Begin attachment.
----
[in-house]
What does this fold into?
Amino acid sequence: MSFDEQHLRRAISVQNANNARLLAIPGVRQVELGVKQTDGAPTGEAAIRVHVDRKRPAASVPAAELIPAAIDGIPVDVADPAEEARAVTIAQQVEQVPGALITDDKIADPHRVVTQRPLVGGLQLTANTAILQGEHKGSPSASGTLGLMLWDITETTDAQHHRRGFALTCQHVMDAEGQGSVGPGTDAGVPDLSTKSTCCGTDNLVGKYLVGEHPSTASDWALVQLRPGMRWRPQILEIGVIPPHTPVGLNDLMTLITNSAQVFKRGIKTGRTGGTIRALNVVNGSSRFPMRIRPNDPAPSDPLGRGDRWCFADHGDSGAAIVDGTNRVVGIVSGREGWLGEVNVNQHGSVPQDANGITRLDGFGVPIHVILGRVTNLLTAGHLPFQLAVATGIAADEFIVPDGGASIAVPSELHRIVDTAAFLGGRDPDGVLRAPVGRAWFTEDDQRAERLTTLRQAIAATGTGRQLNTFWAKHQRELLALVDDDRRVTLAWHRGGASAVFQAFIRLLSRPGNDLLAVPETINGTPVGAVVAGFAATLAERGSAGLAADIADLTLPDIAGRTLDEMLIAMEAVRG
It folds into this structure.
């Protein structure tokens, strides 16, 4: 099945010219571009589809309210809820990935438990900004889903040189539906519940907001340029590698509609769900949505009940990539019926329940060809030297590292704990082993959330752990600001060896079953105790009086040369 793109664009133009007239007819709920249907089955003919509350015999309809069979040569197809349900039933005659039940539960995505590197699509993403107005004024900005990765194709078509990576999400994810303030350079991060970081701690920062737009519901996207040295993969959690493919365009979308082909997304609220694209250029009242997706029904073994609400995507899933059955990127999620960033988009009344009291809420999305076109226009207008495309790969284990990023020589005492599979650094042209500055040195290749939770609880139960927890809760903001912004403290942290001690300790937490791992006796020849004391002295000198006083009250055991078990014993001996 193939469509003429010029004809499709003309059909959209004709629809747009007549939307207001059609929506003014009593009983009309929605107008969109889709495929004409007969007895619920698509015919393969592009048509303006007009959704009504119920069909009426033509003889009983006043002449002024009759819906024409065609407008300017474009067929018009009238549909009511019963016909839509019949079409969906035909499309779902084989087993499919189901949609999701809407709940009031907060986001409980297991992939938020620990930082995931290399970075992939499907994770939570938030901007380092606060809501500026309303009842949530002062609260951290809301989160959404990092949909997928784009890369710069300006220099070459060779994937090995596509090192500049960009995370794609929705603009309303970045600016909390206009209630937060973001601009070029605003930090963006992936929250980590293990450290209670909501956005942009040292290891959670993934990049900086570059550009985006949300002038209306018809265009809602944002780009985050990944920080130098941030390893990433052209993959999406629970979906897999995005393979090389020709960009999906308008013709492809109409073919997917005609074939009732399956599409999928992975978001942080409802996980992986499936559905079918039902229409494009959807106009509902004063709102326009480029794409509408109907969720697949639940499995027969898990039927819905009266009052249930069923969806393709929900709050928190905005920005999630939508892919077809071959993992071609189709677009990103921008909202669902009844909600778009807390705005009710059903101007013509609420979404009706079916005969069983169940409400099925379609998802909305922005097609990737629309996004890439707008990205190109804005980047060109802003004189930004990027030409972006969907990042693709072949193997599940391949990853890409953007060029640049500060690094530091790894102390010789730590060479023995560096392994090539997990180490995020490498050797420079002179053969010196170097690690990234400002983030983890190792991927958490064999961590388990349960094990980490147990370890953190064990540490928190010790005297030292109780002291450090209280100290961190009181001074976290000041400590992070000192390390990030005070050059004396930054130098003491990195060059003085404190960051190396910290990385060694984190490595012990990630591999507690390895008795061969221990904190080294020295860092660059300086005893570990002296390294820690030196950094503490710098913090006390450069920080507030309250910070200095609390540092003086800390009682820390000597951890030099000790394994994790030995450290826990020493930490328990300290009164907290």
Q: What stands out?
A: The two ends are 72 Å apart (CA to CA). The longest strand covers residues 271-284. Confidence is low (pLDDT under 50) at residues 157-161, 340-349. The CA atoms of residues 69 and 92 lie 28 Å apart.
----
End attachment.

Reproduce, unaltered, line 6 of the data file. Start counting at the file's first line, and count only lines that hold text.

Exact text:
Q: What stands out?